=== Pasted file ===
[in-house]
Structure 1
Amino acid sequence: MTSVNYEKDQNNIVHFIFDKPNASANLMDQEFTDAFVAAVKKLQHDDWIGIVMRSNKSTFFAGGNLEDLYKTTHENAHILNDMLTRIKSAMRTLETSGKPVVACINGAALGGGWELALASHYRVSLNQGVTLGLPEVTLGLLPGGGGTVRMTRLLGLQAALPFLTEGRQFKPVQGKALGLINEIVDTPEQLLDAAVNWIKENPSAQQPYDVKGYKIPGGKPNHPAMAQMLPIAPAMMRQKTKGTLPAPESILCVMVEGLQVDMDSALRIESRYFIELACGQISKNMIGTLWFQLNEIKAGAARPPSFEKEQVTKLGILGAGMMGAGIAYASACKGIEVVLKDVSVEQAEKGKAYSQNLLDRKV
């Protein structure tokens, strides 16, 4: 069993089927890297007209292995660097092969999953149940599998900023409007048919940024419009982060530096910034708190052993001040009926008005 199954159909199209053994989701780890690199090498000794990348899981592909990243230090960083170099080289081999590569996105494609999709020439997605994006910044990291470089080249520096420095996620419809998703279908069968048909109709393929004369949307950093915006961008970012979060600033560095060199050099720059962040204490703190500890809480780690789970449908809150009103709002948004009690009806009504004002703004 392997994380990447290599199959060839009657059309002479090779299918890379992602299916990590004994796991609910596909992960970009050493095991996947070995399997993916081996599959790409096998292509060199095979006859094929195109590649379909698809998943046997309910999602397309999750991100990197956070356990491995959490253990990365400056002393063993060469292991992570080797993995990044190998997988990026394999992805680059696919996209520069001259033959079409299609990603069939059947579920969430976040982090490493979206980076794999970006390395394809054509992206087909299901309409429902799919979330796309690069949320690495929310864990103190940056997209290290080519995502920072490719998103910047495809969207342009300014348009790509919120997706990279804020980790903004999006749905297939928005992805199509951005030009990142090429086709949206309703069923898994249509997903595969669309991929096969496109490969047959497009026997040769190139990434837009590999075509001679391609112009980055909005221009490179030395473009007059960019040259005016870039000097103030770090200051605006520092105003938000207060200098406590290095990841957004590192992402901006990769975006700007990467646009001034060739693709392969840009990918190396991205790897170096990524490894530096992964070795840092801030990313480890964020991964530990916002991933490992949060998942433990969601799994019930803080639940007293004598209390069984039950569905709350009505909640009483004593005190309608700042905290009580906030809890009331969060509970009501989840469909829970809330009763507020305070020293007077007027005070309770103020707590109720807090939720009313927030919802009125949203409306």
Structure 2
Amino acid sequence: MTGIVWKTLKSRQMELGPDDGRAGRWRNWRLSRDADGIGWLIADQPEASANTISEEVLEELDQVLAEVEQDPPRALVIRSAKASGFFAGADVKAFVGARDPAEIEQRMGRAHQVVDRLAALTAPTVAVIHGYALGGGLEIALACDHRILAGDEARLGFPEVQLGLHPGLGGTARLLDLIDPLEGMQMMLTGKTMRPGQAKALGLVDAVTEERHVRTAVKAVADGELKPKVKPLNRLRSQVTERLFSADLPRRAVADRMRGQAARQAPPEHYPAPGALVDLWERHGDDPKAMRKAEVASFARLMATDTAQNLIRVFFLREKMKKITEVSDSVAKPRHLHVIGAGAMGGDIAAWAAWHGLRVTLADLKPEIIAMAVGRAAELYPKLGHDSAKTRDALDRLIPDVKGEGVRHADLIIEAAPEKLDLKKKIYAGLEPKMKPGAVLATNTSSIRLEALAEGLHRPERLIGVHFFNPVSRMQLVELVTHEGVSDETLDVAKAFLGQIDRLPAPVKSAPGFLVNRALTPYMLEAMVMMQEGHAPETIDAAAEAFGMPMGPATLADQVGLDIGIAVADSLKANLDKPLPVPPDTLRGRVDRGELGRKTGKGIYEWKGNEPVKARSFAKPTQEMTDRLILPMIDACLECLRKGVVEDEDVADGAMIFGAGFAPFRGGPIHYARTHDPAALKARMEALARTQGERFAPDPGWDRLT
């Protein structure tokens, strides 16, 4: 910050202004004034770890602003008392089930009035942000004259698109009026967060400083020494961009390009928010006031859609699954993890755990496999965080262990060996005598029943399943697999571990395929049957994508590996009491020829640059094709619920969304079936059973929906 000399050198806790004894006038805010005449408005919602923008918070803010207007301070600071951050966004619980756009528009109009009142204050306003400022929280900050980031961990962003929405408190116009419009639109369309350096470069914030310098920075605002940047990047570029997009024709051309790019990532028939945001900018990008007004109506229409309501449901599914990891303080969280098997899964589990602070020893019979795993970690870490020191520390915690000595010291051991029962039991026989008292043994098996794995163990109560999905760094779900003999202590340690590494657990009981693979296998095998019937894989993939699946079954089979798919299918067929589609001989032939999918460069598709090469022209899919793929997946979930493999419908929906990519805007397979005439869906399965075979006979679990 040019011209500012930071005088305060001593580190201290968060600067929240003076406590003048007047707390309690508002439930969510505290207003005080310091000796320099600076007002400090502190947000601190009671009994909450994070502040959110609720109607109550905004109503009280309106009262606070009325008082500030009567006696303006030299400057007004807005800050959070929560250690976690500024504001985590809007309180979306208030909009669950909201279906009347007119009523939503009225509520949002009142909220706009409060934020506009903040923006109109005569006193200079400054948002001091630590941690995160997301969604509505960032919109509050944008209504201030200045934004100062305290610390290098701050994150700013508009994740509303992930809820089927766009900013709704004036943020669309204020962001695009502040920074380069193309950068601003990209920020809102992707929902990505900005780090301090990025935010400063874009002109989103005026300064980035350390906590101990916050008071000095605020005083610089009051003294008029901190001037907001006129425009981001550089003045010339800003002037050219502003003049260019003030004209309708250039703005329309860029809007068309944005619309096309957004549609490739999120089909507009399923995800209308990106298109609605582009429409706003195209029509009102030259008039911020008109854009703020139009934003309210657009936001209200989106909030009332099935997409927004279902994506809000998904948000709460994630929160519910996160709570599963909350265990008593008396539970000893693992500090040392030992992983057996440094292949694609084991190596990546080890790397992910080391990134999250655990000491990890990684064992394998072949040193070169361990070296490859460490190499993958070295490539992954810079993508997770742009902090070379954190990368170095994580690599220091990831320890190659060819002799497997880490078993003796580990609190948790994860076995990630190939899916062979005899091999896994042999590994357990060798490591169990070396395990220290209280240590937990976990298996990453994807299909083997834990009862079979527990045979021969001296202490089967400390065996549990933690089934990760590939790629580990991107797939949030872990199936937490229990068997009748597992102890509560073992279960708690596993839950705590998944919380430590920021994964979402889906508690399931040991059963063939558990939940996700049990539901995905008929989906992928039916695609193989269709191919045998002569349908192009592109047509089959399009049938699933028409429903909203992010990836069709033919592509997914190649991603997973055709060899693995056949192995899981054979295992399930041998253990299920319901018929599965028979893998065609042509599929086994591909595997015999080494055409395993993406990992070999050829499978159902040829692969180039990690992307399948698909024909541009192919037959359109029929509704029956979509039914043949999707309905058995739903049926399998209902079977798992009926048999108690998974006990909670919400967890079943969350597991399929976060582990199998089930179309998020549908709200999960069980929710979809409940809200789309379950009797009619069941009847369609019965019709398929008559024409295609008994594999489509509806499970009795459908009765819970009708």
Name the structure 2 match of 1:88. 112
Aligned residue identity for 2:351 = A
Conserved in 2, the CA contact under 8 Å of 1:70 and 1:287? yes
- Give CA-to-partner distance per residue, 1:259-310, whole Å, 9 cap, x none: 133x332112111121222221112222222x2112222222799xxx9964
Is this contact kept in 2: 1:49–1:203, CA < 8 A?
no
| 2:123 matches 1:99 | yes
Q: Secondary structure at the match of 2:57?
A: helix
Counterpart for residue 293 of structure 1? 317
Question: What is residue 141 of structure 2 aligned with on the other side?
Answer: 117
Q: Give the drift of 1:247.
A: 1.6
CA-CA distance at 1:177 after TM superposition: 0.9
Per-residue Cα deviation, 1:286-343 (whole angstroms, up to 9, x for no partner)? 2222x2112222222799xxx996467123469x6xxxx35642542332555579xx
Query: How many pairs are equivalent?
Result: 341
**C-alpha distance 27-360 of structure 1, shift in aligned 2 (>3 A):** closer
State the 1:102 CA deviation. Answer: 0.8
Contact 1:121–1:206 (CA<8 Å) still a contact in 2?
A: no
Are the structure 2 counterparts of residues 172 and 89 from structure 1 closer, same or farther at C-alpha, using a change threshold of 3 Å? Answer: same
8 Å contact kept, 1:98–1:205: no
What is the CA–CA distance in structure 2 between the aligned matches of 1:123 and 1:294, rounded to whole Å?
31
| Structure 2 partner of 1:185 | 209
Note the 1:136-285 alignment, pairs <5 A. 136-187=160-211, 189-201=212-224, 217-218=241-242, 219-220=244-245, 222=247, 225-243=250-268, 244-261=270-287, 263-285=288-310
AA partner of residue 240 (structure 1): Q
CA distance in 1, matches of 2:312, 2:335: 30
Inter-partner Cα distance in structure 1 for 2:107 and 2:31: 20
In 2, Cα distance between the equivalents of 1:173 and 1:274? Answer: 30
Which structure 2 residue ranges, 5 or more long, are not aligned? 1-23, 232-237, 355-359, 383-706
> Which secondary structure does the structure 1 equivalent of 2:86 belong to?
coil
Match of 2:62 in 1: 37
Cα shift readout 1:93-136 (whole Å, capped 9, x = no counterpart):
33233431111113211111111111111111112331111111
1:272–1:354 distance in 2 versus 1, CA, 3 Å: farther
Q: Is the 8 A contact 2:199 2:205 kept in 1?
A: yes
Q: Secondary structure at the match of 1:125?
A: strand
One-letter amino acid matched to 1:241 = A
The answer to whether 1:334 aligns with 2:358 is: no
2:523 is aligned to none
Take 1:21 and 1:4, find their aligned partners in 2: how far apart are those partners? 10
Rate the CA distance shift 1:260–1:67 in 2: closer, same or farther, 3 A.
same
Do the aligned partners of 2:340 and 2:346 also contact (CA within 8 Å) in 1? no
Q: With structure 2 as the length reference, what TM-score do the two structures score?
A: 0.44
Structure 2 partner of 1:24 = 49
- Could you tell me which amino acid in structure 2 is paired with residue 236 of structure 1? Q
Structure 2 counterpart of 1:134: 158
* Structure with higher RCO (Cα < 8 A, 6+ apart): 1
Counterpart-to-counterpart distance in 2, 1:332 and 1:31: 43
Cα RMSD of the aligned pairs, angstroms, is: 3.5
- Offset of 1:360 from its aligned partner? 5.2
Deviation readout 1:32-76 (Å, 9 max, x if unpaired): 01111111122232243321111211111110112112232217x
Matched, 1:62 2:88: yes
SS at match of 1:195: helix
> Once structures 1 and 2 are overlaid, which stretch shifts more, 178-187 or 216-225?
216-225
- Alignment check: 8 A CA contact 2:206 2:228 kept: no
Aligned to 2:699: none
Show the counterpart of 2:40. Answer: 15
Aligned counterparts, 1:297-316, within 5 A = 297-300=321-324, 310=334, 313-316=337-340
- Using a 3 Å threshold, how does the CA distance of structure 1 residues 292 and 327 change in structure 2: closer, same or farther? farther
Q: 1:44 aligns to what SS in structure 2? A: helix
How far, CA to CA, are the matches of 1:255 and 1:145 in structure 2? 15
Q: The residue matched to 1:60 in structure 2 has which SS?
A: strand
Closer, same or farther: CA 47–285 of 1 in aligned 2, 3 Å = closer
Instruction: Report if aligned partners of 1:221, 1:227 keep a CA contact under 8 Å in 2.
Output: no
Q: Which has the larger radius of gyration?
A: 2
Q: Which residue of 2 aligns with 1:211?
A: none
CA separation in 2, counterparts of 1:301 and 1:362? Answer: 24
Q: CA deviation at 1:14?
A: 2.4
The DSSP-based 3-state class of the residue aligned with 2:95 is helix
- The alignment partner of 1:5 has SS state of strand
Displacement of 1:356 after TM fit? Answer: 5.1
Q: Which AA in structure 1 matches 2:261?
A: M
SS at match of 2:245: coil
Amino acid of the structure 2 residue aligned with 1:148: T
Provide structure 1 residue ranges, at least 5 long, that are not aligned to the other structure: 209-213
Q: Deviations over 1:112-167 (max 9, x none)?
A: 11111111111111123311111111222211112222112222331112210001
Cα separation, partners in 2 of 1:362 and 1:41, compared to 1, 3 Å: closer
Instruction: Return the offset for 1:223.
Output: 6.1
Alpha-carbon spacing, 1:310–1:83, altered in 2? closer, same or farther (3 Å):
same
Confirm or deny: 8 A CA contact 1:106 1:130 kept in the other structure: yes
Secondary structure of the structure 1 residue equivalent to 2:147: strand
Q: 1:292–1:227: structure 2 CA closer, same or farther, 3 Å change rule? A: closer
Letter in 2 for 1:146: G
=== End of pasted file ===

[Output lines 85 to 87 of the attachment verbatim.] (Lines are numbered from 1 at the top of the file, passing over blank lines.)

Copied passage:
A: 2
Q: Which residue of 2 aligns with 1:211?
A: none